All students in Year 7 study two languages either French and Italian or German and Spanish. They have two lessons of each language per week. They are taught in their form groups.

Latin

All Year 7 students learn Latin as an “enrichment subject”.  In one lesson a week, students are introduced to the fundamentals of Latin vocabulary and grammar, using the popular and engaging Cambridge Latin Course Book 1.

The study of Latin has a range benefits for students.  Evidence suggests that students who learn Latin have a greater English vocabulary, since learning the roots of words helps students to acquire and retain high level English words.  It also helps students with their understanding of the structure of languages and grammar, thus assisting in their study of modern foreign languages, regardless of their origin.  But perhaps most importantly, Latin can give students access to a whole world of ancient texts, read in the original language, enabling them to get one step closer to understanding the lives and experiences of the ancient Romans.

At the end of Year 7, students are given the choice to continue with Latin throughout Key Stage 3.  These students go on to follow the Cambridge Latin Course Books 2-3, a fine preparation for further study in the subject.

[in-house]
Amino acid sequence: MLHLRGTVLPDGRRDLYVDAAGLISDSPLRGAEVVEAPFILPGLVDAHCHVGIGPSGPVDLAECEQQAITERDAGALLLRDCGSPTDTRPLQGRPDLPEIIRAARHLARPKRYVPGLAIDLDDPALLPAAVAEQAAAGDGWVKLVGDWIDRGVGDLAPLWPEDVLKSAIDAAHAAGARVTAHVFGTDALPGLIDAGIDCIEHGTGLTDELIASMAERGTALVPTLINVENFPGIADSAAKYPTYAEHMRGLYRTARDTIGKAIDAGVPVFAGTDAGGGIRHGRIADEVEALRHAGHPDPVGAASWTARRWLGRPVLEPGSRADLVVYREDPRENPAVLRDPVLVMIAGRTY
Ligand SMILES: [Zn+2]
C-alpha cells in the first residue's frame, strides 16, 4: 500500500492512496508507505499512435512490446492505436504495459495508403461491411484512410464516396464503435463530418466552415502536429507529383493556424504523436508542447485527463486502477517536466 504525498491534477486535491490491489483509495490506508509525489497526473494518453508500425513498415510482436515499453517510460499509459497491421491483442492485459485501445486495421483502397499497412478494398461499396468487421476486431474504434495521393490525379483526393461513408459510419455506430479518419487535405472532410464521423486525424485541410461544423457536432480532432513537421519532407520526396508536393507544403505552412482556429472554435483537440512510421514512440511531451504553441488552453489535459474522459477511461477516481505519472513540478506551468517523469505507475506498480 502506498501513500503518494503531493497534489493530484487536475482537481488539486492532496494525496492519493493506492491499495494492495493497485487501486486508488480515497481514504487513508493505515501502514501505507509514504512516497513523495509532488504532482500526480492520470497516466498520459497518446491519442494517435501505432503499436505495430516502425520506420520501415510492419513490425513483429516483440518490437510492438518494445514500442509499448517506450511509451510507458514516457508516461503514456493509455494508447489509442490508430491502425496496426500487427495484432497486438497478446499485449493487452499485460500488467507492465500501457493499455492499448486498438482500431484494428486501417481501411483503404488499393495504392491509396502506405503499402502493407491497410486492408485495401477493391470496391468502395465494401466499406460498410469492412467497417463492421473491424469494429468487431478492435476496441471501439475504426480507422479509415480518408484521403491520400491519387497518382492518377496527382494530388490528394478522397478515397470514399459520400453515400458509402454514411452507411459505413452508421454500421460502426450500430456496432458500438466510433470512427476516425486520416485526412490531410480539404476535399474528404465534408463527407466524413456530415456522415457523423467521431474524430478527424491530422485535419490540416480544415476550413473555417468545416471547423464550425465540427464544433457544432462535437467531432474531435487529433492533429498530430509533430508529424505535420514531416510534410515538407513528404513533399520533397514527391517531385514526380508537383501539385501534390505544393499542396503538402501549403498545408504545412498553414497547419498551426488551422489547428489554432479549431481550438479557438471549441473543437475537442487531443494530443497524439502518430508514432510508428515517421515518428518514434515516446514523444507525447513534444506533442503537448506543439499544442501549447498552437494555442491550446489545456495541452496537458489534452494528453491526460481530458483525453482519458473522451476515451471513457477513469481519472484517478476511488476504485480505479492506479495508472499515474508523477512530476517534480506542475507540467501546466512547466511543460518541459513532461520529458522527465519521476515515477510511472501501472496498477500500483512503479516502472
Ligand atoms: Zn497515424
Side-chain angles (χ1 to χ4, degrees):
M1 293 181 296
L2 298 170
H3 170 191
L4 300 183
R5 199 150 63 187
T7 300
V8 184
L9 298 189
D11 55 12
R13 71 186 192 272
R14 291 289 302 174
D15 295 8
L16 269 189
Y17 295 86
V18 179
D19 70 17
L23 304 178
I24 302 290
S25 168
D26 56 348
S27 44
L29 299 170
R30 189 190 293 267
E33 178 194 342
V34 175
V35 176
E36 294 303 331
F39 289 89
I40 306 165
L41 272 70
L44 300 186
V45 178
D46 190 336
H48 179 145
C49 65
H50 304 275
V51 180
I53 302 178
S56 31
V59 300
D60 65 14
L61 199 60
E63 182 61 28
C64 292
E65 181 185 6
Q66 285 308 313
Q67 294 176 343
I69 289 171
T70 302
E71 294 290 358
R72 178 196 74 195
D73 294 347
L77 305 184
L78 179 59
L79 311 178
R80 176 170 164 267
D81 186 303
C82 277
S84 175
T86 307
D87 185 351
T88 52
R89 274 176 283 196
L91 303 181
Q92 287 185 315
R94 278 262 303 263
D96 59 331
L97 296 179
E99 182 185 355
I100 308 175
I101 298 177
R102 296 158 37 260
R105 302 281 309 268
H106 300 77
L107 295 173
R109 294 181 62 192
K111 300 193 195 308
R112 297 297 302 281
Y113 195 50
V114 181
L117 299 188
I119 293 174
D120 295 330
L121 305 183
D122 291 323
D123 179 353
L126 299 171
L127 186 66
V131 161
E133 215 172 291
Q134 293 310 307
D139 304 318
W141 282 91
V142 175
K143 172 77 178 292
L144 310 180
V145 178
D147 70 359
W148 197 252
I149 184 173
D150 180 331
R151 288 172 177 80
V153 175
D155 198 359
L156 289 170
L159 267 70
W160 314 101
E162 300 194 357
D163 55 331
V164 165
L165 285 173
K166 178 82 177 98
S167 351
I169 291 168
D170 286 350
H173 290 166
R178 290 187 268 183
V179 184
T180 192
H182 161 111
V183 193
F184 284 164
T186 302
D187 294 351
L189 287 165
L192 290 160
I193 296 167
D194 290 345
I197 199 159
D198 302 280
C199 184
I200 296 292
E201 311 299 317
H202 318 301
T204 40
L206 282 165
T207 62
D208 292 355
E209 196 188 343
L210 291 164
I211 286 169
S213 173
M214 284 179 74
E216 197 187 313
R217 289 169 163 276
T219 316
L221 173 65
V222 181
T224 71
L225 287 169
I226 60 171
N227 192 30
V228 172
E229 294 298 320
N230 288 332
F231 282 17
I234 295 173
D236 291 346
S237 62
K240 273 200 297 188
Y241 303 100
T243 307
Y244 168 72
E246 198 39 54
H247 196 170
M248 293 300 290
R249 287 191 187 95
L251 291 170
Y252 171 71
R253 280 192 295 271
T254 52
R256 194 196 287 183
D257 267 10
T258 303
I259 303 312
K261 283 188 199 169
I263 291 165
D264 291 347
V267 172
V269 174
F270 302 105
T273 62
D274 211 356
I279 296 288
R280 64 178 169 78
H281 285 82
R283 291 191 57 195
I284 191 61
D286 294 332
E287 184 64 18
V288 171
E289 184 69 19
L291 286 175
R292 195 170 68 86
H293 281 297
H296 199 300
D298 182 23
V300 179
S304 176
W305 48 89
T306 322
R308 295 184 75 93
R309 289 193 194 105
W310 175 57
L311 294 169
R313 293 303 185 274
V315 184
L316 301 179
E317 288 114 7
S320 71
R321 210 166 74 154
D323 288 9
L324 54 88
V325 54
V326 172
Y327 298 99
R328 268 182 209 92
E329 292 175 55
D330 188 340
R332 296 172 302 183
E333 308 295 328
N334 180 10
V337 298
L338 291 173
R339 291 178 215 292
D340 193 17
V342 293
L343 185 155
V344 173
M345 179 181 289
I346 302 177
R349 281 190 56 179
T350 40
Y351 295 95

Year 8:

 

All students in Year 8 continue learning either French and Italian or German and Spanish. They have two lessons per week in each language. They are taught in form groups.

 

Year 9:

 

Wherever possible, students are set based on Year 8 examination results and have five lessons over two weeks in each of the two languages studied, either French and Italian or German and Spanish.

Key Stage 4 - GCSE Modern Foreign Languages

 

A GCSE course in Modern Languages allows you to develop your ability to understand the spoken and written language and express yourself both orally and in writing.  The topics studied include Health, Relationships and Choices, Free time and the Media, Holidays, Home and Local Area, the Environment, School and Future Plans and Current and Future Jobs.

Your skills will be developed through a variety of activities, including giving presentations, group work, independent research, pair work, the use of ICT and the chance to work in small groups with the foreign Language Assistants. 

  

Year 10:

 

At the end of Year 9, students must continue their study of at least one modern foreign language but may also opt to study two. They are taught in sets based on Year 9 examination results wherever possible and have three lessons per week.

 Year 11:

 

Students continue their study of one or two languages and receive three lessons per week in each. All classes are set where possible.

 

GCSE MFL Course Outline: 

 

It is departmental policy to enter all pupils for the GCSE language examination. The Department follows the AQA syllabus for French, German,  Spanish and Italian.